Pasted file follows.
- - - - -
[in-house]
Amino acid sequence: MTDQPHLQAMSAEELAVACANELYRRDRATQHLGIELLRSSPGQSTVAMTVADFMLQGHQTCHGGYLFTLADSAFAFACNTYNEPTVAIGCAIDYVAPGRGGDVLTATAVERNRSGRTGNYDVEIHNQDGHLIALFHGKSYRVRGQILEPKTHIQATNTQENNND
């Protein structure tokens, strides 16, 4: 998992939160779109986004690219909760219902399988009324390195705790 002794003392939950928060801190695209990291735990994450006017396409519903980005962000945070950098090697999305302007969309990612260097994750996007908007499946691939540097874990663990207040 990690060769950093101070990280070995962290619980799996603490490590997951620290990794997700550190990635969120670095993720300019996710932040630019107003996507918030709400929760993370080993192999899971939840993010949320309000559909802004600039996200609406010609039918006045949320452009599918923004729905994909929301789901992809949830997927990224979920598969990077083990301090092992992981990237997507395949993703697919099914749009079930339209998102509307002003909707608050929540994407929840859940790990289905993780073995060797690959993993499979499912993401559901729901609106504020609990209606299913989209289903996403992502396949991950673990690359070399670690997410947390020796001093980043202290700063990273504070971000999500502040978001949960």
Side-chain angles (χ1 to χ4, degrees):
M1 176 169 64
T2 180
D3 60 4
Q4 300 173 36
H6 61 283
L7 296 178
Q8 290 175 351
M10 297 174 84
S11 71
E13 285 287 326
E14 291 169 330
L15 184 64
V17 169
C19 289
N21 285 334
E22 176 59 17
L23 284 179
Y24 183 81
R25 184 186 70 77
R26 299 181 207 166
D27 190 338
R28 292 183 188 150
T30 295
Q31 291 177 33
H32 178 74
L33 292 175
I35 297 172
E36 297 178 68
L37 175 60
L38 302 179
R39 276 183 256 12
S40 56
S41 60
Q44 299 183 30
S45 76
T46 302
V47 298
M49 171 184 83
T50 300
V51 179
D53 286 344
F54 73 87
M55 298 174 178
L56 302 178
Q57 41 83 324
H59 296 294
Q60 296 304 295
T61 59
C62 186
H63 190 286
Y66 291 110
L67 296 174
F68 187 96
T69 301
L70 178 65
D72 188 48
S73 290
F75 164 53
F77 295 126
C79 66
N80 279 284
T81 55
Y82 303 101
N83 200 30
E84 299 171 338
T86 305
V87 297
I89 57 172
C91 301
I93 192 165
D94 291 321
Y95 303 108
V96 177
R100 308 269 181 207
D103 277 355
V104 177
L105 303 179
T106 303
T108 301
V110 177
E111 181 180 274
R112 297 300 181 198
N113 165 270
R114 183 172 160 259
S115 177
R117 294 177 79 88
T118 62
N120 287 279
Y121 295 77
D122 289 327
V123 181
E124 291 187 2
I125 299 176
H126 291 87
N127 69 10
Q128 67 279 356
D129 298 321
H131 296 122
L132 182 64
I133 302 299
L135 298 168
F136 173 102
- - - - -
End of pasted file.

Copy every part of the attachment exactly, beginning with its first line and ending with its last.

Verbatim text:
[in-house]
Amino acid sequence: MTDQPHLQAMSAEELAVACANELYRRDRATQHLGIELLRSSPGQSTVAMTVADFMLQGHQTCHGGYLFTLADSAFAFACNTYNEPTVAIGCAIDYVAPGRGGDVLTATAVERNRSGRTGNYDVEIHNQDGHLIALFHGKSYRVRGQILEPKTHIQATNTQENNND
């Protein structure tokens, strides 16, 4: 998992939160779109986004690219909760219902399988009324390195705790 002794003392939950928060801190695209990291735990994450006017396409519903980005962000945070950098090697999305302007969309990612260097994750996007908007499946691939540097874990663990207040 990690060769950093101070990280070995962290619980799996603490490590997951620290990794997700550190990635969120670095993720300019996710932040630019107003996507918030709400929760993370080993192999899971939840993010949320309000559909802004600039996200609406010609039918006045949320452009599918923004729905994909929301789901992809949830997927990224979920598969990077083990301090092992992981990237997507395949993703697919099914749009079930339209998102509307002003909707608050929540994407929840859940790990289905993780073995060797690959993993499979499912993401559901729901609106504020609990209606299913989209289903996403992502396949991950673990690359070399670690997410947390020796001093980043202290700063990273504070971000999500502040978001949960």
Side-chain angles (χ1 to χ4, degrees):
M1 176 169 64
T2 180
D3 60 4
Q4 300 173 36
H6 61 283
L7 296 178
Q8 290 175 351
M10 297 174 84
S11 71
E13 285 287 326
E14 291 169 330
L15 184 64
V17 169
C19 289
N21 285 334
E22 176 59 17
L23 284 179
Y24 183 81
R25 184 186 70 77
R26 299 181 207 166
D27 190 338
R28 292 183 188 150
T30 295
Q31 291 177 33
H32 178 74
L33 292 175
I35 297 172
E36 297 178 68
L37 175 60
L38 302 179
R39 276 183 256 12
S40 56
S41 60
Q44 299 183 30
S45 76
T46 302
V47 298
M49 171 184 83
T50 300
V51 179
D53 286 344
F54 73 87
M55 298 174 178
L56 302 178
Q57 41 83 324
H59 296 294
Q60 296 304 295
T61 59
C62 186
H63 190 286
Y66 291 110
L67 296 174
F68 187 96
T69 301
L70 178 65
D72 188 48
S73 290
F75 164 53
F77 295 126
C79 66
N80 279 284
T81 55
Y82 303 101
N83 200 30
E84 299 171 338
T86 305
V87 297
I89 57 172
C91 301
I93 192 165
D94 291 321
Y95 303 108
V96 177
R100 308 269 181 207
D103 277 355
V104 177
L105 303 179
T106 303
T108 301
V110 177
E111 181 180 274
R112 297 300 181 198
N113 165 270
R114 183 172 160 259
S115 177
R117 294 177 79 88
T118 62
N120 287 279
Y121 295 77
D122 289 327
V123 181
E124 291 187 2
I125 299 176
H126 291 87
N127 69 10
Q128 67 279 356
D129 298 321
H131 296 122
L132 182 64
I133 302 299
L135 298 168
F136 173 102